First she went to the lower end of the pool and stirred up a cloud of mud which hung in the still water, and sent a long tail floating like a curtain over the rapids just below. Then she went quietly round by land, and sprang into the upper end of pool with all the noise she could. The fish had crowded to that end, but this sudden attack sent them off in a panic, and they dashed blindly into the mudcloud. Out of fifty fish there is always a good chance of some being fools, and half a dozen of these dashed through the darkened water into the current, and before they knew it they were struggling over the shingly shallow. The old Grizzly jerked them out to the bank, and the little ones rushed noisily on these funny, short snakes that could not get away, and gobbled and gorged till their little bellies looked like balloons.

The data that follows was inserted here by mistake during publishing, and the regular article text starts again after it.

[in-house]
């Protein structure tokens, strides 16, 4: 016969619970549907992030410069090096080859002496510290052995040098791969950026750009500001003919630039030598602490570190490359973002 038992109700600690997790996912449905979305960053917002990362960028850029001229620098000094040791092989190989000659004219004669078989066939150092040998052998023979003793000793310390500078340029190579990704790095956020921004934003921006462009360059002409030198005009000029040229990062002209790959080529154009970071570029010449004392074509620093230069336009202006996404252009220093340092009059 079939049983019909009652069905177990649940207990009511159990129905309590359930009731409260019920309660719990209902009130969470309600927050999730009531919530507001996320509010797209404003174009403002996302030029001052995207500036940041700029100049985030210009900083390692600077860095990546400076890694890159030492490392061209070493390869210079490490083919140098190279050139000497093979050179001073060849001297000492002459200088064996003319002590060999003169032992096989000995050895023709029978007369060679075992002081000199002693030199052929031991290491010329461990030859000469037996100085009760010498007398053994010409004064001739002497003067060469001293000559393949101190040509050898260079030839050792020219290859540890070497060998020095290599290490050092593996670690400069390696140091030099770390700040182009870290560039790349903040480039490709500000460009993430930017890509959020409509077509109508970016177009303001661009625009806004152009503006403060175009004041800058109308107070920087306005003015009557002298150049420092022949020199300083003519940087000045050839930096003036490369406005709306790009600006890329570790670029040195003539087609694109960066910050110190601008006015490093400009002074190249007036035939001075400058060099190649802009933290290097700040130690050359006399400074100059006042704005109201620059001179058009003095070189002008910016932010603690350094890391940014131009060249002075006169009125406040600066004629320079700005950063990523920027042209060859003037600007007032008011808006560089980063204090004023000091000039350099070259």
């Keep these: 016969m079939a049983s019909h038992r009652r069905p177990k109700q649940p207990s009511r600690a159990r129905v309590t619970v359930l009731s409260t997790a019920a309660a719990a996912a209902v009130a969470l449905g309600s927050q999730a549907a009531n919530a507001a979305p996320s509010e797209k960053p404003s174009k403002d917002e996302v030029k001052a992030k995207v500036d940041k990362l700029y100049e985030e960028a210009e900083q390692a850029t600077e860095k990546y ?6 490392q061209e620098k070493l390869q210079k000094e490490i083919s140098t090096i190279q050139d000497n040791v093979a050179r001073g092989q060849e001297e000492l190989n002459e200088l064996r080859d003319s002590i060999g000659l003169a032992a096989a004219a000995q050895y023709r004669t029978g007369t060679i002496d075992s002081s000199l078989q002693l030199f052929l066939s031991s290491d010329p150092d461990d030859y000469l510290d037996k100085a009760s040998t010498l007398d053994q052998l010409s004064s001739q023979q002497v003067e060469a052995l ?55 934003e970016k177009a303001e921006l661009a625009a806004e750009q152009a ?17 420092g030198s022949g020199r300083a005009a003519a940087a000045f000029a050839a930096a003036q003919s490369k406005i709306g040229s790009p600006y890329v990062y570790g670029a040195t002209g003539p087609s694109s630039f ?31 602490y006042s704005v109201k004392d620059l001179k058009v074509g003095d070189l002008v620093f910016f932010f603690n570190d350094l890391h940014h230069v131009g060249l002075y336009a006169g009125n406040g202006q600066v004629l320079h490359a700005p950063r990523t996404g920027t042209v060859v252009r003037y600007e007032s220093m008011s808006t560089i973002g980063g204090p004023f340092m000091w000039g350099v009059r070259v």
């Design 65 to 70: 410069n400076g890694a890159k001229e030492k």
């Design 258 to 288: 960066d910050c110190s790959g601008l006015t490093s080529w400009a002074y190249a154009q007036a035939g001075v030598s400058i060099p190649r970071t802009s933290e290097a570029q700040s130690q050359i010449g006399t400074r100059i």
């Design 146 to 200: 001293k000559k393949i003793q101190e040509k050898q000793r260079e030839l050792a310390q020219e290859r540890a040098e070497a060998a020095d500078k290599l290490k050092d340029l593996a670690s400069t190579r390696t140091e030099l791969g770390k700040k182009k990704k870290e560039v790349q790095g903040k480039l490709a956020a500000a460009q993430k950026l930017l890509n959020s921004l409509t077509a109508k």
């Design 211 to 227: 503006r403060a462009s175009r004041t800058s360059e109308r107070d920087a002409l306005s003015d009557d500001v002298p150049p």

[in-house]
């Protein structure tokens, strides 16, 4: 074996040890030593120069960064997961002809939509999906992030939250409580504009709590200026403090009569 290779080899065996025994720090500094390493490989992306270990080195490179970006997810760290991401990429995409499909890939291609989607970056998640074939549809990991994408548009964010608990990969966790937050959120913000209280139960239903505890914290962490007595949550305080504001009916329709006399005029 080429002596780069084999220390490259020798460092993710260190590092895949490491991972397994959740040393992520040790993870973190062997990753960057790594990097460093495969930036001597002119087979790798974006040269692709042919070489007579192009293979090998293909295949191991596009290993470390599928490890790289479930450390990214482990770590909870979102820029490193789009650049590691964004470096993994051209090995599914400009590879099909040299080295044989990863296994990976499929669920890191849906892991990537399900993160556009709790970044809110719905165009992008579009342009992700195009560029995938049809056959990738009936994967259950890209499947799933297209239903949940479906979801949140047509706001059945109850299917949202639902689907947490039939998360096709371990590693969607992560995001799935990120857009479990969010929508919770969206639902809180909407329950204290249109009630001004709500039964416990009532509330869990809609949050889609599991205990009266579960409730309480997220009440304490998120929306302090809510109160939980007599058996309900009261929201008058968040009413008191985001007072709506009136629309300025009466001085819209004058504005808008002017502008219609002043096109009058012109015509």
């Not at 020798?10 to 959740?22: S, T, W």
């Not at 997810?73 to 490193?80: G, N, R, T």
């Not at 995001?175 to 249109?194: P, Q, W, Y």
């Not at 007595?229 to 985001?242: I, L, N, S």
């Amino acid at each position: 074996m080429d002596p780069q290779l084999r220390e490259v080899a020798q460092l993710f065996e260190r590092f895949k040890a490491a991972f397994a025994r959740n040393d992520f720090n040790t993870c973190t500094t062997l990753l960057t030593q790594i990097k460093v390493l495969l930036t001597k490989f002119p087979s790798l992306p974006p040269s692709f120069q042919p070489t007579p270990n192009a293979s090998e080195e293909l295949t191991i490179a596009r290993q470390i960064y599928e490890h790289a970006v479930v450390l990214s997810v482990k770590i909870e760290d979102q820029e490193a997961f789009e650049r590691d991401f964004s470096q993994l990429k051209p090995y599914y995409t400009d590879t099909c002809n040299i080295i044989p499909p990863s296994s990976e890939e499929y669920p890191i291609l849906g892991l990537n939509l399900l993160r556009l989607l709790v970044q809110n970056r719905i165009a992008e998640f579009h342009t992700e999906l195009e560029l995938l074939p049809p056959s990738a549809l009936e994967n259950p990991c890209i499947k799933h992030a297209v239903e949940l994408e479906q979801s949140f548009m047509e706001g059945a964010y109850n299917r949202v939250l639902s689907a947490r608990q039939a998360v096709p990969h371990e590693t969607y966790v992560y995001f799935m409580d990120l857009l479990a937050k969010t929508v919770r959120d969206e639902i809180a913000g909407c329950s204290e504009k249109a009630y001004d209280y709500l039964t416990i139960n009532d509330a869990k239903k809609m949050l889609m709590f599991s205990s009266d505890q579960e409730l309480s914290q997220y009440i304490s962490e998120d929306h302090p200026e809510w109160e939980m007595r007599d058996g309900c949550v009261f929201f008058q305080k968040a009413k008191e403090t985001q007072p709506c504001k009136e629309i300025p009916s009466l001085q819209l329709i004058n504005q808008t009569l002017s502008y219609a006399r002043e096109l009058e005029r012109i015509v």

They had eaten so much now, and the sun was so hot, that all were quite sleepy. So the Mother-bear led them to a quiet little nook, and as soon as she lay down, though they were puffing with heat, they all snuggled around her and went to sleep, with their little brown paws curled in, and their little black noses tucked into their wool as though it were a very cold day. After an hour or two they began to yawn and stretch themselves, except little Fuzz, the smallest; she poked out her sharp nose for a moment, then snuggled back between her Mother's great arms, for she was a gentle, petted little thing. The largest, the one afterward known as Wahb, sprawled over on his back and began to worry a root that stuck up, grumbling to himself as he chewed it, or slapped it with his paw for not staying where he wanted it. Presently Mooney, the mischief, began tugging at Frizzle's ears, and got his own well boxed. They clenched for a tussle; then, locked in a tight, little grizzly yellow ball, they sprawled over and over on the grass, and, before they knew it, down a bank, and away out of sight toward the river.